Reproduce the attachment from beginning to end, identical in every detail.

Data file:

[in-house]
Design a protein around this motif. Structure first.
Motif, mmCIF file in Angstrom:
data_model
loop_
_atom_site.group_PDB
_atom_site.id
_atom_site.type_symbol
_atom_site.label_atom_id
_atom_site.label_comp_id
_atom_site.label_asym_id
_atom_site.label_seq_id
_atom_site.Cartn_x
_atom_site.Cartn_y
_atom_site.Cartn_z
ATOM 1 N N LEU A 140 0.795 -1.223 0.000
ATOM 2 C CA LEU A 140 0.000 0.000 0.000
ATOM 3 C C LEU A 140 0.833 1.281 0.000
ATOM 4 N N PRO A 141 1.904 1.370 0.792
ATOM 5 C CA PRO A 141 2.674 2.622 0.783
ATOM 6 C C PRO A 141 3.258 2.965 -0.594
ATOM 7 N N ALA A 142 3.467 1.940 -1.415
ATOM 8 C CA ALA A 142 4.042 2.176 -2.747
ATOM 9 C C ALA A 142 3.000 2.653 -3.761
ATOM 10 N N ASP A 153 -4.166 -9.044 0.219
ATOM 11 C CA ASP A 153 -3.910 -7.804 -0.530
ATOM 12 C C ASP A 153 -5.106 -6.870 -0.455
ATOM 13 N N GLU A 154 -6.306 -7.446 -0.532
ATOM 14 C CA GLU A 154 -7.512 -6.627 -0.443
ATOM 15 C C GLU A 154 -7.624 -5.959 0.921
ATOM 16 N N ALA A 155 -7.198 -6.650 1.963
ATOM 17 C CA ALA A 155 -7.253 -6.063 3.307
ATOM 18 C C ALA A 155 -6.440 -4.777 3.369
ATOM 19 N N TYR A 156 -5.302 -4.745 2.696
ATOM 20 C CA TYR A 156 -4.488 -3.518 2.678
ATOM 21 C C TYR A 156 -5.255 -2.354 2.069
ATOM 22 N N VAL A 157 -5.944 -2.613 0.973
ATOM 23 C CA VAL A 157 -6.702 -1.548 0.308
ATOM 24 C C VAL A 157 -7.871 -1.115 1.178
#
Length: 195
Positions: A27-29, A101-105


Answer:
[in-house]
Design a protein around this motif. Structure first.
Motif, mmCIF file in Angstrom:
data_model
loop_
_atom_site.group_PDB
_atom_site.id
_atom_site.type_symbol
_atom_site.label_atom_id
_atom_site.label_comp_id
_atom_site.label_asym_id
_atom_site.label_seq_id
_atom_site.Cartn_x
_atom_site.Cartn_y
_atom_site.Cartn_z
ATOM 1 N N LEU A 140 0.795 -1.223 0.000
ATOM 2 C CA LEU A 140 0.000 0.000 0.000
ATOM 3 C C LEU A 140 0.833 1.281 0.000
ATOM 4 N N PRO A 141 1.904 1.370 0.792
ATOM 5 C CA PRO A 141 2.674 2.622 0.783
ATOM 6 C C PRO A 141 3.258 2.965 -0.594
ATOM 7 N N ALA A 142 3.467 1.940 -1.415
ATOM 8 C CA ALA A 142 4.042 2.176 -2.747
ATOM 9 C C ALA A 142 3.000 2.653 -3.761
ATOM 10 N N ASP A 153 -4.166 -9.044 0.219
ATOM 11 C CA ASP A 153 -3.910 -7.804 -0.530
ATOM 12 C C ASP A 153 -5.106 -6.870 -0.455
ATOM 13 N N GLU A 154 -6.306 -7.446 -0.532
ATOM 14 C CA GLU A 154 -7.512 -6.627 -0.443
ATOM 15 C C GLU A 154 -7.624 -5.959 0.921
ATOM 16 N N ALA A 155 -7.198 -6.650 1.963
ATOM 17 C CA ALA A 155 -7.253 -6.063 3.307
ATOM 18 C C ALA A 155 -6.440 -4.777 3.369
ATOM 19 N N TYR A 156 -5.302 -4.745 2.696
ATOM 20 C CA TYR A 156 -4.488 -3.518 2.678
ATOM 21 C C TYR A 156 -5.255 -2.354 2.069
ATOM 22 N N VAL A 157 -5.944 -2.613 0.973
ATOM 23 C CA VAL A 157 -6.702 -1.548 0.308
ATOM 24 C C VAL A 157 -7.871 -1.115 1.178
#
Length: 195
Positions: A27-29, A101-105